What began as a summer gig on the North Rim during the 1980s has finally brought Mia Bell back to Grand Canyon National Park.
Bell took the helm as Xanterra’s general manager when Jon Streit retired earlier this spring after 14 years in the position.
Before returning to the Grand Canyon, Bell spent 25 years working in accounting, operations and sales at Xanterra’s Ohio State Park Lodges. She obtained a degree in business administration with an emphasis in accounting from Ohio State University. She also earned the designation of Certified Hospitality Administrator from the American Hotel and Lodging Association.
Having spent a large chunk of her life in the west — Bell is originally from Salt Lake City, Utah — the time spent in Ohio was probably the closest thing to the ‘normal’ living arrangements that most people experience, she joked.
After her tenure in Ohio, Bell returned to the west as director of lodging at Yellowstone National Park, where she has spent the last eight years overseeing about 2,100 guest rooms and around 1,400 camp sites. She was later promoted to assistant general manager of Yellowstone’s concessions.
While at Yellowstone, Bell returned to the secluded living offered by many national parks. Surrounded by 2.2 million acres of wilderness, it’s a self-sufficient community in the middle of one of the west’s last wide-open spaces. Bell said that suits her and her companion, a black lab named Lucy, just fine.
“Lucy is an outdoor girl,” she said.
Yellowstone and Grand Canyon are similar in many ways — in a list compiled by National Geographic earlier this year, Grand Canyon was the second most visited national park with 5.9 million visitors, while Yellowstone came in sixth at 4.2 million. They both cover vast expanses of wilderness, often with no human contact to be had for miles and miles in the back country. These familiarities have helped Bell become acquainted with her tasks two months into the job.
Managing employees is another similarity between the two parks. Bell said her job often extends beyond working hours because in isolated communities like Grand Canyon and Yellowstone, it’s more than just a job, it’s all aspects of life. Bell said aspects like recreation opportunities, staff orientation and housing concerns are all part of her responsibility to her employees.
“I think being proactive is the key,” she said. “I don’t think there are more concerns here than anywhere else, but it’s about meeting the needs of the employees so those things don’t crop up.”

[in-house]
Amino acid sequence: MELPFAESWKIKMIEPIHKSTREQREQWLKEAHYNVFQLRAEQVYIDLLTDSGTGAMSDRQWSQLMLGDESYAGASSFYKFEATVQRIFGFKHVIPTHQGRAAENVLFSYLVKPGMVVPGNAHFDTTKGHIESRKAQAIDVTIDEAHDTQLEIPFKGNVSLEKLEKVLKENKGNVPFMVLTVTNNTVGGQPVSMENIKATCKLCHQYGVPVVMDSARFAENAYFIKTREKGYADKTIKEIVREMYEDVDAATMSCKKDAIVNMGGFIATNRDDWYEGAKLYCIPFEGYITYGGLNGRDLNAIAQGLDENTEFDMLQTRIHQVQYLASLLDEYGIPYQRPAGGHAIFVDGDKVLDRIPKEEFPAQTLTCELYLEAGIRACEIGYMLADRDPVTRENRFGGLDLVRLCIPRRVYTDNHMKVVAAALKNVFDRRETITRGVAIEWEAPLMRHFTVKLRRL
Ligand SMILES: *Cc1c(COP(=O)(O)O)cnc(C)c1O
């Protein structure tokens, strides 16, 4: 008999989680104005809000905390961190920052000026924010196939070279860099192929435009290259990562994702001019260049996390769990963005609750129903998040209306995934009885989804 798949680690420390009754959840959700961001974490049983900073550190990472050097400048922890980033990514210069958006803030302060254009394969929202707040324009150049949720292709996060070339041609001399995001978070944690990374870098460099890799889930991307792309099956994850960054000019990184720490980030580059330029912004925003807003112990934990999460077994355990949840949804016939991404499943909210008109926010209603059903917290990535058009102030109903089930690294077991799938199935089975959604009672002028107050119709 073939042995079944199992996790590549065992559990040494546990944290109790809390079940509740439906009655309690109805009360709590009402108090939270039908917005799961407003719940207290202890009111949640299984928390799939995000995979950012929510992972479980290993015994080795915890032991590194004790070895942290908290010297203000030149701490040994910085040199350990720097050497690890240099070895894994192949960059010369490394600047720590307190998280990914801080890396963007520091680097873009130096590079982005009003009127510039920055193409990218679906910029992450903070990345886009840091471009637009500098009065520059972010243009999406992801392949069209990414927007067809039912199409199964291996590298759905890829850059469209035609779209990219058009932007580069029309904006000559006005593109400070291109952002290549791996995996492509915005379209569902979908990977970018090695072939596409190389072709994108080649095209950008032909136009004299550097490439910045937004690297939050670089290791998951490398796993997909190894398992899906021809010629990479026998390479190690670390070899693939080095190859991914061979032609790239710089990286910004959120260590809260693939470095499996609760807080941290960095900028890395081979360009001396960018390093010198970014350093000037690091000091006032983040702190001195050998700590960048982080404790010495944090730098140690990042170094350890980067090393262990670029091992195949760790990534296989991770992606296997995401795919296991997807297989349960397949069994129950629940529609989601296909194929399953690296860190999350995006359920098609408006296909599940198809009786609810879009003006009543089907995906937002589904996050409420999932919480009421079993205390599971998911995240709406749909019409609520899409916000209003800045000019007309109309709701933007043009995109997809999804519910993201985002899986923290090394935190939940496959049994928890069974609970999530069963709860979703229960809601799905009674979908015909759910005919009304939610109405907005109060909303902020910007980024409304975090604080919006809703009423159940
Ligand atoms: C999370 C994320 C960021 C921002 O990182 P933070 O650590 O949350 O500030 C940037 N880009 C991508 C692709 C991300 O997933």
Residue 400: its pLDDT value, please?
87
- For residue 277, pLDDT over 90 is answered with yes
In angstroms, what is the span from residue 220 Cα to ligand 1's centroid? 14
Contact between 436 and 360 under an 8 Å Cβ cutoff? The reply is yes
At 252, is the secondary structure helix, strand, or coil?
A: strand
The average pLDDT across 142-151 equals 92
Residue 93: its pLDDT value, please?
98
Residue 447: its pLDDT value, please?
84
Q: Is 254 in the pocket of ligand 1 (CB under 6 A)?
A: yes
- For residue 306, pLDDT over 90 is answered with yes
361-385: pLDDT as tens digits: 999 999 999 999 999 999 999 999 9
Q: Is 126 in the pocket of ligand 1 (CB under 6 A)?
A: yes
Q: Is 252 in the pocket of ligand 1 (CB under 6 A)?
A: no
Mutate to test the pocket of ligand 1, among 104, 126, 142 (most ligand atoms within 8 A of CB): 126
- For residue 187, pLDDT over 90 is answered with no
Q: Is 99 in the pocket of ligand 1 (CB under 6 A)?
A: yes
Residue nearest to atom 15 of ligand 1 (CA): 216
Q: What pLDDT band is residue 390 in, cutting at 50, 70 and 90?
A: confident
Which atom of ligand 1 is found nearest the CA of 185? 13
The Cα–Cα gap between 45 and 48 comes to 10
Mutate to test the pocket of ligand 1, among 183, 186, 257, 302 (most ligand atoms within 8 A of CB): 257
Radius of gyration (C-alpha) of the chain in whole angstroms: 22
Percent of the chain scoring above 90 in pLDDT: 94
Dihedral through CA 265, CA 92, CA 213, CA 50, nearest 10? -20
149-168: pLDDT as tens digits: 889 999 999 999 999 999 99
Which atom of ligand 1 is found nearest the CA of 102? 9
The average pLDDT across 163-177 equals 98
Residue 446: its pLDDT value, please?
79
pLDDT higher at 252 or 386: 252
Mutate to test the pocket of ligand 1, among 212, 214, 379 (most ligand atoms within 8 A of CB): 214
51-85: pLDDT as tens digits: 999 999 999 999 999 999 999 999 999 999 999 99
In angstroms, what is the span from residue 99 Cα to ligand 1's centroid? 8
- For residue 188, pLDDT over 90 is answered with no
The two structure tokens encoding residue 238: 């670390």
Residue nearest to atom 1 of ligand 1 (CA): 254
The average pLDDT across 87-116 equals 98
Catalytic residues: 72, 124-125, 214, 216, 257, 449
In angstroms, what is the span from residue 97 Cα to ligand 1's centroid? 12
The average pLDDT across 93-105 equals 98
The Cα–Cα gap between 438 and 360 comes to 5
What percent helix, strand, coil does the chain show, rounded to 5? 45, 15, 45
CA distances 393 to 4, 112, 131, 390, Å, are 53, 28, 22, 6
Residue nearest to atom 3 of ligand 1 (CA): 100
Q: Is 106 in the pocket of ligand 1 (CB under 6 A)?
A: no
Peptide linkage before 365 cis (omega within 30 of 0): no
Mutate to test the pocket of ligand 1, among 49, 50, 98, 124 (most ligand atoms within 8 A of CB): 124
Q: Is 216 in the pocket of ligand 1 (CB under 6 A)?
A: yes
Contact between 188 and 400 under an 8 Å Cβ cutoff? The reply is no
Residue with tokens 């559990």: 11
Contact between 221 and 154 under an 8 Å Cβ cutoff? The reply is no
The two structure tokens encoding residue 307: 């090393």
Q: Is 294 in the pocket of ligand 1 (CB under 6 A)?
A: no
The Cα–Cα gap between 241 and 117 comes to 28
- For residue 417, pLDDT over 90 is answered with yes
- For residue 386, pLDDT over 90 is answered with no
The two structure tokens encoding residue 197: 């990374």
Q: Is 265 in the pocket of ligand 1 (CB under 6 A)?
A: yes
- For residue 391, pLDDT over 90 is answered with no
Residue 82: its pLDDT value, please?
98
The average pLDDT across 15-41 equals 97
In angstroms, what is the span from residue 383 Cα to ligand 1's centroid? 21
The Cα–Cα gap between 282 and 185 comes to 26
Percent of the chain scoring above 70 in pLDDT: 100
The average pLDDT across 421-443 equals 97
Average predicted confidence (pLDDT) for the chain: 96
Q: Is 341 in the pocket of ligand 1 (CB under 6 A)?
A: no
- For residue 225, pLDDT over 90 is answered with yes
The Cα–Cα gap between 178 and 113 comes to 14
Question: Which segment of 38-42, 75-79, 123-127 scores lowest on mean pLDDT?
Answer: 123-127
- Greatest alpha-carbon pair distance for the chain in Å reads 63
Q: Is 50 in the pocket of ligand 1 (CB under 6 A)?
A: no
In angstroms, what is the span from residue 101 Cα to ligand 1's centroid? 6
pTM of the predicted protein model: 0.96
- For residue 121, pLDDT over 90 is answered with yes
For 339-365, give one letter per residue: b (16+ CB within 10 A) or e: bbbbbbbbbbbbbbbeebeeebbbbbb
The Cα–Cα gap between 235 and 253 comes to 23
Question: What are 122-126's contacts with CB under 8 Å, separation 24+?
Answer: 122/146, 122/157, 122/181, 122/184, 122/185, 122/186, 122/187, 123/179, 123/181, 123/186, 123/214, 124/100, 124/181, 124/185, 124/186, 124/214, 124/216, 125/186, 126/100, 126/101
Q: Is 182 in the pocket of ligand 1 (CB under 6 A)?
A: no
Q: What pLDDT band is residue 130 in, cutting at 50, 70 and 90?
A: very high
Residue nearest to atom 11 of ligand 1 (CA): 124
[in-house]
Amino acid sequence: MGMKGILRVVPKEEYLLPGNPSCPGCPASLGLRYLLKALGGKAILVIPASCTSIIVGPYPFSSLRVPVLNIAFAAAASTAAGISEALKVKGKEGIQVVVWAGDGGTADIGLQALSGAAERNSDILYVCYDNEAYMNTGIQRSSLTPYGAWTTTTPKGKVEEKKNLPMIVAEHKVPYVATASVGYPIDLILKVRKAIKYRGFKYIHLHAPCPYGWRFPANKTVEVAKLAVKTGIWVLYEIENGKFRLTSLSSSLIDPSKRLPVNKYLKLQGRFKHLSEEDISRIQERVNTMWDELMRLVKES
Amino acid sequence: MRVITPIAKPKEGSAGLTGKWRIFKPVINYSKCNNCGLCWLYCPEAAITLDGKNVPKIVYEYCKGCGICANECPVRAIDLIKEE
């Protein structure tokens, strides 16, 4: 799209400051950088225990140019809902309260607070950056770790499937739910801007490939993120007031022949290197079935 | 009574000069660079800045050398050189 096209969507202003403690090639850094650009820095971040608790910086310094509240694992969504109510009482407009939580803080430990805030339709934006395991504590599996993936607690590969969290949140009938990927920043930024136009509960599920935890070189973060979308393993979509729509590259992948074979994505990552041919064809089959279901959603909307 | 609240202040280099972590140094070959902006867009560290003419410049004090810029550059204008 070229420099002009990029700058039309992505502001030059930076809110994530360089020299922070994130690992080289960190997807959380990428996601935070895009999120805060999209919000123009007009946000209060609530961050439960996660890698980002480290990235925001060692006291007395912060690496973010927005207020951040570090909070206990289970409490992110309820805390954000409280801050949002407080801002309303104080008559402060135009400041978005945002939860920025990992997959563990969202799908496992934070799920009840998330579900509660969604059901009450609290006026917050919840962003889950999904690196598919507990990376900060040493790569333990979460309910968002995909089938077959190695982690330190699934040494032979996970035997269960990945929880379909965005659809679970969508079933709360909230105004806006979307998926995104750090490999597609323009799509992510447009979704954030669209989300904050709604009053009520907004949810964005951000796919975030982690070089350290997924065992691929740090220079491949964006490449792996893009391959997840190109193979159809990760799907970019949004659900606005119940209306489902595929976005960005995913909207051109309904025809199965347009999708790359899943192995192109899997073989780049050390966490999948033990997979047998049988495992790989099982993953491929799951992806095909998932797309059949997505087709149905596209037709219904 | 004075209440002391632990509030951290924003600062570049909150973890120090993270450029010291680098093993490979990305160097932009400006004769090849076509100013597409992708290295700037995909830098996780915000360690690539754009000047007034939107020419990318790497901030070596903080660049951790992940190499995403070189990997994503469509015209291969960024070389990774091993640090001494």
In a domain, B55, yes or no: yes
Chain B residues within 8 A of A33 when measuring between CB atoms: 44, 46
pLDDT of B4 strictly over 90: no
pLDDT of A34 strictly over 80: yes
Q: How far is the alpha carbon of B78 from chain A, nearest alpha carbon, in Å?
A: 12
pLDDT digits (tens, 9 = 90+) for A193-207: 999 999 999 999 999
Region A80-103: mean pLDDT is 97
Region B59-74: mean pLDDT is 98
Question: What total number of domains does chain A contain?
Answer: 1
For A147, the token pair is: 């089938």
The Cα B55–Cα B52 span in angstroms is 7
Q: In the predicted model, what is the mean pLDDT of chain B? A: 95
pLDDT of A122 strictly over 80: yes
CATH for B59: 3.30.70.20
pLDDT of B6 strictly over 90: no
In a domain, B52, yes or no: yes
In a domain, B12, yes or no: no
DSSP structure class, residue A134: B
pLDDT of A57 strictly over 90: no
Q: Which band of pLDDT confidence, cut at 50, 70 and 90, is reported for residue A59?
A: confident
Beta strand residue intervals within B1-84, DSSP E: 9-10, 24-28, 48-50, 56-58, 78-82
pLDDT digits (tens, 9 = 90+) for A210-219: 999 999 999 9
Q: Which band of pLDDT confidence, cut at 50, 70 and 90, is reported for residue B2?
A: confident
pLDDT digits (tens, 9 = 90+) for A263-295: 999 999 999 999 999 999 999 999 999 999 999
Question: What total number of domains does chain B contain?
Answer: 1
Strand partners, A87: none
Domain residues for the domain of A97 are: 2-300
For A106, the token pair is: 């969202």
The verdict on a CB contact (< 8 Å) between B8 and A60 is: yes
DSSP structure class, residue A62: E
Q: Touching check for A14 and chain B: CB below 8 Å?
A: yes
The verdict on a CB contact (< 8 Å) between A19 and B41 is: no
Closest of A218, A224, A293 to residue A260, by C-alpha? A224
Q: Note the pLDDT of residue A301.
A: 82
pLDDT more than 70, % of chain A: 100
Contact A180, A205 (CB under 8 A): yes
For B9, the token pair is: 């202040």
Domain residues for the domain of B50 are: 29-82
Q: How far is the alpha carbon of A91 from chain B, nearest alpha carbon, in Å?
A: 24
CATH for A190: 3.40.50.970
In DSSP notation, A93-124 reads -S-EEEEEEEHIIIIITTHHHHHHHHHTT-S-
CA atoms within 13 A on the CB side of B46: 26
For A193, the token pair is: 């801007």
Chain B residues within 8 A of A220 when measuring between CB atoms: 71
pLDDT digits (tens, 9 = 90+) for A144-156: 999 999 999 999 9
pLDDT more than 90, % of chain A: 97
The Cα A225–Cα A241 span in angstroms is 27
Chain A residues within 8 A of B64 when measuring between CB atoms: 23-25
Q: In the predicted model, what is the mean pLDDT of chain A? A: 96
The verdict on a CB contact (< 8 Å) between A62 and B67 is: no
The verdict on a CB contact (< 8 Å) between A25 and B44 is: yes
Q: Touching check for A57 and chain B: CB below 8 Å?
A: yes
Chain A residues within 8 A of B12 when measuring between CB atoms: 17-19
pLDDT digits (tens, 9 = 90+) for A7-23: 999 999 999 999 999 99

Similarities aside, there are still some differences, Bell said.
For one thing, the operations in Grand Canyon Village are in close proximity.
“In Yellowstone, I was really far removed from parts of the operation,” Bell said. “It could be a two and a half hour drive between my office and one of our concessions.”
But here at Grand Canyon, she said, she feels more in touch with everything that’s going on. Most of the properties are just a short walk from each other and her office at the bottom of the hill beneath El Tovar.
Another difference, Bell noted, was one of the quirkiest: the mule barn.
Xanterra uses mules both for guest travel to the bottom of the canyon and to carry supplies and mail to and from the guest houses at Phantom Ranch.
“I think it so funny that we have mules,” she said. “The mules have their own schedules, each of them gets so many days off per month, and that’s written into our contract.”
Asked what she was most looking forward to, Bell pointed to some ‘exciting’ projects on the horizon, including some updates and renovation to El Tovar and a complete rebuild of Maswik Lodge. Built in 1971, the lodge will be torn down and completely rebuilt, Bell said. Xanterra is currently in the process of designing the new complex, and construction should start sometime in the next couple of years, she said.
With family in Flagstaff and a solid footing in the western wilderness, Bell enjoys all the typical hobbies associated with Grand Canyon — biking, hiking and cross-country skiing are some of her favorites. And then, there’s Lucy.
“She’s trying to be my biggest hobby,” Bell chuckled.
Bell has settled right in to her new position — she’s a 35-year veteran of Xanterra — and said it’s exciting to be on both sides of the operating experience.
“I’m learning from the experience that’s here, and I’m doing that every day,” she said. “But it’s exciting to also be able to lend my experience to the things going on here.”
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